What the requirement of the four species means
Why Simchat Torah is the holiday of rejoicing in the Torah
Why Jews are not only allowed but required to drink during Simchat Torah

and many additional interesting facts. Students will also receive a small gift.

Register here:

We meet at 2:00 P.M. on October 8 at the entrance to the Bagel Shop Café located at Pylimo street no. 4 in Vilnius.

Sukkot at the Choral Synagogue in Vilnius

SUKKOT šventės Vilniaus Choralinėje sinagogoje

October 4: Service at 6:30 P.M., followed by treats in Sukkot tent at Bokšto street no. 19.

October 5: Service at 9:30 A.M., followed by treats in the Sukkot tent at the synagogue.

October 6: Service at 9:30 A.M., followed by treats in the Sukkot tent at the synagogue.

October 7: Service at 9:00 A.M., followed by treats in the Sukkot tent at the synagogue.

October 8: Service at 8:30 A.M., followed by treats in the Sukkot tent at the synagogue.

October 9: Service at 8:30 A.M., followed by treats in the Sukkot tent at the synagogue.

October 10: Service at 8:30 A.M., followed by treats in the Sukkot tent at the synagogue.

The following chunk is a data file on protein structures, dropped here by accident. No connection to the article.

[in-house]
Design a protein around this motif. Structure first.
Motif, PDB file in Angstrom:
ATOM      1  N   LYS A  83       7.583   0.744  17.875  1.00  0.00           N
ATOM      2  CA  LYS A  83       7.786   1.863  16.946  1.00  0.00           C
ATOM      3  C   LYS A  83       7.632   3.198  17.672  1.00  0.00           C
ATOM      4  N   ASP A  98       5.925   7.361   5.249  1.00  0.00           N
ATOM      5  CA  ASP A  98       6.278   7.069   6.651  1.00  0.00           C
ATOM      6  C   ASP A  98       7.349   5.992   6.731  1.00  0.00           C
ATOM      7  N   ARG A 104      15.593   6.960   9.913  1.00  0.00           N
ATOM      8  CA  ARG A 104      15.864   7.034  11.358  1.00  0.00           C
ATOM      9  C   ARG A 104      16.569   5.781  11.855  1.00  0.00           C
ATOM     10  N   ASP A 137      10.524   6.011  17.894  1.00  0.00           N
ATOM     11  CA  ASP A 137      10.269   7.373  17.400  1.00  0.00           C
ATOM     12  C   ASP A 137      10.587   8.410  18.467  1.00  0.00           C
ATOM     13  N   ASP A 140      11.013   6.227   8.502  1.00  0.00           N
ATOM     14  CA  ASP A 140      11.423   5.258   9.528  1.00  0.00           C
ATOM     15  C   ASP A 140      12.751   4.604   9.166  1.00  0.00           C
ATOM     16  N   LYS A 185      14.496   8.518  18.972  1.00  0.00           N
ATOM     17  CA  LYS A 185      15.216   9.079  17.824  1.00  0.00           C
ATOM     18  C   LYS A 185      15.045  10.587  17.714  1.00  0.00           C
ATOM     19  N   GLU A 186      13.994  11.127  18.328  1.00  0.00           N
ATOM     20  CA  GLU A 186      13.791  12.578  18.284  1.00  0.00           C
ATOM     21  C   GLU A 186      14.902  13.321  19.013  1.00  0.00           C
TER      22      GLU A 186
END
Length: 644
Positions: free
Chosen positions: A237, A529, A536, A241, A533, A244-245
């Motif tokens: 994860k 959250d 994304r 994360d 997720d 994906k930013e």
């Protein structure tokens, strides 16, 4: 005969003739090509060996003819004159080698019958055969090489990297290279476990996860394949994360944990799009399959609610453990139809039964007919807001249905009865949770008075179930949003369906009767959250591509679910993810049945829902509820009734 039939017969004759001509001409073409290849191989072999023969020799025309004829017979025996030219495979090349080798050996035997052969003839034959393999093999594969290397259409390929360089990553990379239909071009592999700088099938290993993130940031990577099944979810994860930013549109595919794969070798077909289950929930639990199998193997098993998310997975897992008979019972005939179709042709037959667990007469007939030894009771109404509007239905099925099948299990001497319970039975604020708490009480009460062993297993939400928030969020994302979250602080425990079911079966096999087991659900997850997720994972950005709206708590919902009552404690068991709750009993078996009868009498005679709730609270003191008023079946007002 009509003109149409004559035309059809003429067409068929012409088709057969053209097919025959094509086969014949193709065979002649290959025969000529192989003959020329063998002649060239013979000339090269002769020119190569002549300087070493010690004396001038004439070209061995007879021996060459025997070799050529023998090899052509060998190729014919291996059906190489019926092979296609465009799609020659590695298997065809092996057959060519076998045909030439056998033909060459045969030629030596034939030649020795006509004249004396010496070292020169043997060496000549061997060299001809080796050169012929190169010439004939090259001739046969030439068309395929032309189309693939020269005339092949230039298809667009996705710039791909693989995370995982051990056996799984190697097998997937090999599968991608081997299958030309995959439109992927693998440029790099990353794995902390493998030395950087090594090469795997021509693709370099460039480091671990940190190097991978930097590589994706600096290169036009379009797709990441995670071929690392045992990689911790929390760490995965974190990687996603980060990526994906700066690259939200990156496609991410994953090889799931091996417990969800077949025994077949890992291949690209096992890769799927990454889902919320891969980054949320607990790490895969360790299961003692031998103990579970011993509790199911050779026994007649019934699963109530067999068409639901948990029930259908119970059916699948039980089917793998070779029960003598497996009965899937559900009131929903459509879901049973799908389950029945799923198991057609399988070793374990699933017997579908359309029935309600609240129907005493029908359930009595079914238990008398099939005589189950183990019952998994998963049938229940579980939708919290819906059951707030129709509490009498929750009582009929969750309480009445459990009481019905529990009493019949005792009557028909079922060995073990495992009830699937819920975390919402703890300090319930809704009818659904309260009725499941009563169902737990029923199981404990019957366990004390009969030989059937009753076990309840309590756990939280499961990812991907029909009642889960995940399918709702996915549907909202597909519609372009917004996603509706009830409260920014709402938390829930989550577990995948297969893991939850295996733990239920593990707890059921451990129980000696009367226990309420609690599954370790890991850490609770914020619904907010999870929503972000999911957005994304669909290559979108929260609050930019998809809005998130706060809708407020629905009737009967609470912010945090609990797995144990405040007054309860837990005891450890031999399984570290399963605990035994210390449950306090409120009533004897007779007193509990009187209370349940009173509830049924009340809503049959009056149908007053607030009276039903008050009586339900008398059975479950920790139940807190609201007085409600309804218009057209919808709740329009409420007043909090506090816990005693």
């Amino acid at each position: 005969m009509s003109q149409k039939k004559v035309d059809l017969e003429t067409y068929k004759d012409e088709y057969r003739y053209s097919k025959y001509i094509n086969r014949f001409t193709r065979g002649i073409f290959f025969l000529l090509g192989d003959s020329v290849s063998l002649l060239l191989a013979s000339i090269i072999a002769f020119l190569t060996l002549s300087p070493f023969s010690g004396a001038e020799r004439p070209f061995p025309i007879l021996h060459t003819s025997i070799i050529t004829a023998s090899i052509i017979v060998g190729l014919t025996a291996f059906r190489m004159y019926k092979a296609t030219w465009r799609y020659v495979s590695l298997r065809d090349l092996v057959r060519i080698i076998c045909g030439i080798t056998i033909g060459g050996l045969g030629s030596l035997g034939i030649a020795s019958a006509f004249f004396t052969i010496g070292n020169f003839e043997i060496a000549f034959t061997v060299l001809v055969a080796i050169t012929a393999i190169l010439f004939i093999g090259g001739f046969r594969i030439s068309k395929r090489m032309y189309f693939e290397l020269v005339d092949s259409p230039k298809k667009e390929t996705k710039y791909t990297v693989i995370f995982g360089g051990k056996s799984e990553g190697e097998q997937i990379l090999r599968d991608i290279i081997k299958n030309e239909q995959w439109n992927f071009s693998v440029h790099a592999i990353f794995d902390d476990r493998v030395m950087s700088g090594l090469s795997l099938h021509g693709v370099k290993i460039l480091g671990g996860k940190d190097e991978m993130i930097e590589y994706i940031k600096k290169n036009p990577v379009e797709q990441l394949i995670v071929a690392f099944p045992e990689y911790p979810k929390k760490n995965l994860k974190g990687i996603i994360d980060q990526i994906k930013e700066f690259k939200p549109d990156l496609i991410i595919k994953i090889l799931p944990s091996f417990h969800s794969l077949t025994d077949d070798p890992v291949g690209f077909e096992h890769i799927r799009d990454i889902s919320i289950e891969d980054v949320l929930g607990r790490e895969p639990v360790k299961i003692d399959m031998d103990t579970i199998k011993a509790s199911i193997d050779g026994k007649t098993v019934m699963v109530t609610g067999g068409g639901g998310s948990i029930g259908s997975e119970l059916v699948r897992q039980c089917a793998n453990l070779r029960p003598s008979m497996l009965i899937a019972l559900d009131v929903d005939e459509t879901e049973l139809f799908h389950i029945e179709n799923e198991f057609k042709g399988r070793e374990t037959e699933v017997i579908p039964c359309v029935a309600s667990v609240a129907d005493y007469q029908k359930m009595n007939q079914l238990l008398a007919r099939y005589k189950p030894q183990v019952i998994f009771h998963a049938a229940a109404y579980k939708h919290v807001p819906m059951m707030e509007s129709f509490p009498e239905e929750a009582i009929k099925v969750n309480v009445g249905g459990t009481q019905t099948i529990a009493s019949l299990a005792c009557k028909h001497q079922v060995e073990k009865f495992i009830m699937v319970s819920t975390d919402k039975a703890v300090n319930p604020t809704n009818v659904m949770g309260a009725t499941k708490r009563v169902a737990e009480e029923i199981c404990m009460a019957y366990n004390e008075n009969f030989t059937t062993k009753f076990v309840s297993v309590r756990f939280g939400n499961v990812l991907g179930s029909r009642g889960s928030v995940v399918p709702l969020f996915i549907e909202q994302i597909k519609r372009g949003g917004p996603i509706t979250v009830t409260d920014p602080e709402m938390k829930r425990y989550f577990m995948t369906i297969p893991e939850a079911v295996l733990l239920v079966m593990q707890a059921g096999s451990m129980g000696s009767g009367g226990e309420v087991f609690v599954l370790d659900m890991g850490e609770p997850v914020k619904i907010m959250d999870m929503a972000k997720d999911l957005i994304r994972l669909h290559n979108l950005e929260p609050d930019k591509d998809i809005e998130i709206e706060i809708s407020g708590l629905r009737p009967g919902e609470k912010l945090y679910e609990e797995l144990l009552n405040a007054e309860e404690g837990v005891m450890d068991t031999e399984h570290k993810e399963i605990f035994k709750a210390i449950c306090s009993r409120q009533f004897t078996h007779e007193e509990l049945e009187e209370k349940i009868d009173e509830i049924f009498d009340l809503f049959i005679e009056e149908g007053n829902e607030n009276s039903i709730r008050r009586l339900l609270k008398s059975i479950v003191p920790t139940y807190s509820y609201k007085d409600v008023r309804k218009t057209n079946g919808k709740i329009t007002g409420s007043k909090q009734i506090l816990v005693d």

October 11: Service at 8:30 A.M., followed by treats in the Sukkot tent at the synagogue.

Shmini Atzeres

October 12: Service at 9:30 A.M., followed by treats in the Sukkot tent at the synagogue.

Simchat Torah

October 12: Service at 7:21 P.M., dancing with Torah, followed by sushi at the synagogue.

October 13: Service at 9:30 A.M., followed by treats at synagogue

October 12 and 13 are non-working days.

Vilnius Jewish Religious Community

New LJC Calendar for 5778 Features Lithuanian Synagogues

The new calendar for the Jewish year 5778 published by the Lithuanian Jewish Community features graphic representations of the synagogues of Lithuania in the drawings by Gerardas Bagdonavičius.